Protest in New York City during the 2010 NPT Review Conference

 

 

The vision of a world without nuclear weapons has not only inspired a widespread and important social movement in past decades,[1] but continues to do so today. Nuclear disarmament is currently a central demand of the world peace movement—a complex network of organizations drawn together on the international and national levels, as well as on the basis of constituency. In addition, nuclear abolition garners the support of many other civil society groups, such as religious bodies, labour unions, environmental groups and political parties. Furthermore, much of the public also backs the development of a nuclear-weapon free world. This article will examine today’s activist campaign against nuclear weapons, as well as public opinion. It also will explore some of the obstacles faced by disarmament activists and discuss how the efficacy of their disarmament campaign might be improved.

 

 

Organizations

The largest global peace association is the International Peace Bureau (IPB), founded over a century ago and a recipient of the Nobel Peace Prize in 1910. The IPB consists of 320 member organizations in 70 countries, plus some 20 international networks. In addition to the work of its affiliates, over the past year the IPB has participated in the Hiroshima and Nagasaki  commemorations of the atomic bombings of 1945, helped plan the major non-governmental organization (NGO) conference and rally at the opening of the 2010 Non-Proliferation Treaty (NPT) Review Conference, and supported groups working for a nuclear weapons abolition treaty (usually referred to as a Nuclear Weapons Convention). It has also produced a major study of nuclear weapons spending and other dimensions of the nuclear menace and participates in the Special NGO Committee on Disarmament in Geneva.[2]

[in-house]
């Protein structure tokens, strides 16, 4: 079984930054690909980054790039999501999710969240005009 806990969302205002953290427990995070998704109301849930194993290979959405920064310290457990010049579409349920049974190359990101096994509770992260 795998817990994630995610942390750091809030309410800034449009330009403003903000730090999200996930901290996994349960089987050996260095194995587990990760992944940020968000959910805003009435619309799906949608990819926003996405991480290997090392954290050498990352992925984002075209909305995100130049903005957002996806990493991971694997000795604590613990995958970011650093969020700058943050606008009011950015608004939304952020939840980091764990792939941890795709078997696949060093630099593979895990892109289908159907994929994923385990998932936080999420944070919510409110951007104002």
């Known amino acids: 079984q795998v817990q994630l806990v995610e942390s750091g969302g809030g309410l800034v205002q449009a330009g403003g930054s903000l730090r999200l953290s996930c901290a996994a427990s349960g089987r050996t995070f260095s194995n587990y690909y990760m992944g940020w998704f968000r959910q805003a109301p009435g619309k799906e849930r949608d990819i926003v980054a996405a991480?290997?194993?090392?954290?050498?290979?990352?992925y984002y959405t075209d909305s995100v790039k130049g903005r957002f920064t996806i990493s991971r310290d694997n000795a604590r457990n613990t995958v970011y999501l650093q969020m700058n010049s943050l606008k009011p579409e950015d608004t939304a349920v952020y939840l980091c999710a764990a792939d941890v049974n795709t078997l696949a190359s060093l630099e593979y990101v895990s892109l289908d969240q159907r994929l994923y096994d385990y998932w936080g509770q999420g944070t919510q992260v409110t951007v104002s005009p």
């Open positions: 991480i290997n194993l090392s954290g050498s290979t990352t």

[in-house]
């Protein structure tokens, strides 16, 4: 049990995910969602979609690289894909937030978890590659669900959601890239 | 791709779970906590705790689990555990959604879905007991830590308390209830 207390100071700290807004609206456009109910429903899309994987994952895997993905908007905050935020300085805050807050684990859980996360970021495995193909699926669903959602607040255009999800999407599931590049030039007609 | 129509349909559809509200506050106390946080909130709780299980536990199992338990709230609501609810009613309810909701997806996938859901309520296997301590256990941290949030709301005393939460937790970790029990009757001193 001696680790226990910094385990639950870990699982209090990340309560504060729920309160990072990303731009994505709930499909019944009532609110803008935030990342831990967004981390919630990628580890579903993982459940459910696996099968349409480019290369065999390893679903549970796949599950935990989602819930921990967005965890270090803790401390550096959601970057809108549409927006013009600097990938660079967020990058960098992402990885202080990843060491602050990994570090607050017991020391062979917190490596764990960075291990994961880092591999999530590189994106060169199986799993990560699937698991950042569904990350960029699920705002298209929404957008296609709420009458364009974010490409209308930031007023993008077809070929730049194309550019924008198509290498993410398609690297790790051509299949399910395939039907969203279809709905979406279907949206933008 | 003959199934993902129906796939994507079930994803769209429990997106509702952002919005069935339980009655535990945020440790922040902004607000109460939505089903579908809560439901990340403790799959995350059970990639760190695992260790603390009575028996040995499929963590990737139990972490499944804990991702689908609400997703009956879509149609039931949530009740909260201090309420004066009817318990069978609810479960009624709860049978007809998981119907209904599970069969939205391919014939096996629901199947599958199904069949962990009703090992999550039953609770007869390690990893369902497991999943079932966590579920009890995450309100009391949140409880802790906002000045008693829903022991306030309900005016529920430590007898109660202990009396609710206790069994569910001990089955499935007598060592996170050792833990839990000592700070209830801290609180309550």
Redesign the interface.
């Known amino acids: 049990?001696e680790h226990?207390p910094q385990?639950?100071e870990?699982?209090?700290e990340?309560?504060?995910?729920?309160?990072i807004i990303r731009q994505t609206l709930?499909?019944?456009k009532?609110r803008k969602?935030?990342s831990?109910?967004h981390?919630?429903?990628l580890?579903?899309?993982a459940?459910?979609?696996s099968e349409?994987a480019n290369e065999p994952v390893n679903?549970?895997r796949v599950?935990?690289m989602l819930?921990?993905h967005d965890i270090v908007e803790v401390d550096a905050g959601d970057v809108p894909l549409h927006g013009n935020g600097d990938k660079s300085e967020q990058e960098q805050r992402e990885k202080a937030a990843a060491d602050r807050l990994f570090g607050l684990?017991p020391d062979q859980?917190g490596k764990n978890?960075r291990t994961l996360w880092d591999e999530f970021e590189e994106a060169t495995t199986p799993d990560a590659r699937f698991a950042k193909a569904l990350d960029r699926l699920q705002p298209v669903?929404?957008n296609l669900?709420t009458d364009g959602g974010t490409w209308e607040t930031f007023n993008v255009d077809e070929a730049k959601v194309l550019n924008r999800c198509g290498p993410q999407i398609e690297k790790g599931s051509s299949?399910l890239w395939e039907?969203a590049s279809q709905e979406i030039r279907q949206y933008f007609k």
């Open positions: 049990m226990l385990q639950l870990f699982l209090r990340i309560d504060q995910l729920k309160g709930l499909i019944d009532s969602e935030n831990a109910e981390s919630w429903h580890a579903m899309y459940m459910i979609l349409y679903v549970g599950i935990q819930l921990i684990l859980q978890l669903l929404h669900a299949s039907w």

International associations of professionals also play key roles in the ongoing nuclear disarmament campaign. International Physicians for the Prevention of Nuclear War (IPPNW), another Nobel laureate (1985), has some 57,000 members and affiliates in 63 countries. [3] As an organization of doctors and other healthcare professionals, IPPNW emphasizes the medical and public health dangers of nuclear weapons, as indicated in its recent publication, Zero is the OnlyOption.[4] It makes presentations at United Nations events, at governmental and parliamentary briefings, at medical association meetings and at medical schools, and works to promote a Nuclear Weapons Convention.

Lawrence S. Wittner is Professor of History Emeritus at the State University of New York at Albany. His latest book is Confronting the Bomb: A Short History of the World Nuclear Disarmament Movement (Stanford, CA, Stanford University Press, 2009).